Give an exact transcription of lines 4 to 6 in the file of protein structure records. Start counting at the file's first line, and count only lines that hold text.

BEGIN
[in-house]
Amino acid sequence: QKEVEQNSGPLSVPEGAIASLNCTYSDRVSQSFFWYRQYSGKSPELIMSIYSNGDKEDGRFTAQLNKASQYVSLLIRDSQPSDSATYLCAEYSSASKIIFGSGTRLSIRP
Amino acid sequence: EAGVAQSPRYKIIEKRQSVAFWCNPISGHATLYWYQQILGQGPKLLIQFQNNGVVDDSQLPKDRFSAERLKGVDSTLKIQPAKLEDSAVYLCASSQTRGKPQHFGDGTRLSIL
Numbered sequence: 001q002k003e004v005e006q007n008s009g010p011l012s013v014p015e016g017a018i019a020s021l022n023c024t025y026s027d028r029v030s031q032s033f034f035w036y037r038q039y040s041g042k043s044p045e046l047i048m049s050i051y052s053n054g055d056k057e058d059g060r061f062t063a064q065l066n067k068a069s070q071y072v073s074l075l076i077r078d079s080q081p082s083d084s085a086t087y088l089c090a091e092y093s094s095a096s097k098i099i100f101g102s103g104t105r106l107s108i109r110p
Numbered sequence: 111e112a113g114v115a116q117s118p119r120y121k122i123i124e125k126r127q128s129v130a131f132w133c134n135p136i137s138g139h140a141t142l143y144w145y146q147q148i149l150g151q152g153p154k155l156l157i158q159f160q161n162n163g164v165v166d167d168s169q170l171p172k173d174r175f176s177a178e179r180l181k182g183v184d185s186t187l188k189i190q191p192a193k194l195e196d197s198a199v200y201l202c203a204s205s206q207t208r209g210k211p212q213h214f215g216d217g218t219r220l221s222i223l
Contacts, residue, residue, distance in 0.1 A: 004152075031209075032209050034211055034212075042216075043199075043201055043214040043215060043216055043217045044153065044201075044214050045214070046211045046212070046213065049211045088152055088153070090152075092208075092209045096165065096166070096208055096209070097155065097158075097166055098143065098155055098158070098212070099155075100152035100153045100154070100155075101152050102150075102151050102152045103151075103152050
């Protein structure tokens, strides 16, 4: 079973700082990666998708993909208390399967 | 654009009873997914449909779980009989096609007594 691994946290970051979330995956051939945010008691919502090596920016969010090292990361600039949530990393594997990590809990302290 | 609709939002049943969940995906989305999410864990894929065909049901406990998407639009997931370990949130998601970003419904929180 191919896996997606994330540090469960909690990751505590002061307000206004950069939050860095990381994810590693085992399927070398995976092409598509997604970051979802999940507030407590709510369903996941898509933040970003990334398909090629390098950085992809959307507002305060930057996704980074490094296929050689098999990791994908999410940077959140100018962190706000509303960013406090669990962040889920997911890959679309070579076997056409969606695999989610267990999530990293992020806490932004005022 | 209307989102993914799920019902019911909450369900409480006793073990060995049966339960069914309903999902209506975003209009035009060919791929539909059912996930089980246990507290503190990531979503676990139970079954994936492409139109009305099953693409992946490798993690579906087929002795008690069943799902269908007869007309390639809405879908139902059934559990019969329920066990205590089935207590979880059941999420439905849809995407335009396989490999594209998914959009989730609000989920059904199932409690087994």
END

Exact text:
Numbered sequence: 001q002k003e004v005e006q007n008s009g010p011l012s013v014p015e016g017a018i019a020s021l022n023c024t025y026s027d028r029v030s031q032s033f034f035w036y037r038q039y040s041g042k043s044p045e046l047i048m049s050i051y052s053n054g055d056k057e058d059g060r061f062t063a064q065l066n067k068a069s070q071y072v073s074l075l076i077r078d079s080q081p082s083d084s085a086t087y088l089c090a091e092y093s094s095a096s097k098i099i100f101g102s103g104t105r106l107s108i109r110p
Numbered sequence: 111e112a113g114v115a116q117s118p119r120y121k122i123i124e125k126r127q128s129v130a131f132w133c134n135p136i137s138g139h140a141t142l143y144w145y146q147q148i149l150g151q152g153p154k155l156l157i158q159f160q161n162n163g164v165v166d167d168s169q170l171p172k173d174r175f176s177a178e179r180l181k182g183v184d185s186t187l188k189i190q191p192a193k194l195e196d197s198a199v200y201l202c203a204s205s206q207t208r209g210k211p212q213h214f215g216d217g218t219r220l221s222i223l
Contacts, residue, residue, distance in 0.1 A: 004152075031209075032209050034211055034212075042216075043199075043201055043214040043215060043216055043217045044153065044201075044214050045214070046211045046212070046213065049211045088152055088153070090152075092208075092209045096165065096166070096208055096209070097155065097158075097166055098143065098155055098158070098212070099155075100152035100153045100154070100155075101152050102150075102151050102152045103151075103152050